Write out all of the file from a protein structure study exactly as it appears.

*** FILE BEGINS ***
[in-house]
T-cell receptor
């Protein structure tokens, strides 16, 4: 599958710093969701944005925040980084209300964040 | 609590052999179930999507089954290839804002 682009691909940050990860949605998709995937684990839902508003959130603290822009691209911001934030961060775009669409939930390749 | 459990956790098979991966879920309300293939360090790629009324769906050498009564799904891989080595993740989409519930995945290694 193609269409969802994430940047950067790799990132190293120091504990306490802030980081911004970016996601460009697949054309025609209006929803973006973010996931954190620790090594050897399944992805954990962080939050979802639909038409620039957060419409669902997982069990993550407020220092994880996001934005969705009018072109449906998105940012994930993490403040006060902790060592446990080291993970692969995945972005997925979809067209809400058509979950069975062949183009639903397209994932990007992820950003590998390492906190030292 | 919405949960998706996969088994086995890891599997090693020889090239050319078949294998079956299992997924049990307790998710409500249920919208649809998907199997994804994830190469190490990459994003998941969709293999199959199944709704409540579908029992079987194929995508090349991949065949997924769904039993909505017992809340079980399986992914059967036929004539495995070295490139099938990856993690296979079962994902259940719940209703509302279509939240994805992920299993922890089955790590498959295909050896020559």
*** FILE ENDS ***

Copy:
[in-house]
T-cell receptor
């Protein structure tokens, strides 16, 4: 599958710093969701944005925040980084209300964040 | 609590052999179930999507089954290839804002 682009691909940050990860949605998709995937684990839902508003959130603290822009691209911001934030961060775009669409939930390749 | 459990956790098979991966879920309300293939360090790629009324769906050498009564799904891989080595993740989409519930995945290694 193609269409969802994430940047950067790799990132190293120091504990306490802030980081911004970016996601460009697949054309025609209006929803973006973010996931954190620790090594050897399944992805954990962080939050979802639909038409620039957060419409669902997982069990993550407020220092994880996001934005969705009018072109449906998105940012994930993490403040006060902790060592446990080291993970692969995945972005997925979809067209809400058509979950069975062949183009639903397209994932990007992820950003590998390492906190030292 | 919405949960998706996969088994086995890891599997090693020889090239050319078949294998079956299992997924049990307790998710409500249920919208649809998907199997994804994830190469190490990459994003998941969709293999199959199944709704409540579908029992079987194929995508090349991949065949997924769904039993909505017992809340079980399986992914059967036929004539495995070295490139099938990856993690296979079962994902259940719940209703509302279509939240994805992920299993922890089955790590498959295909050896020559």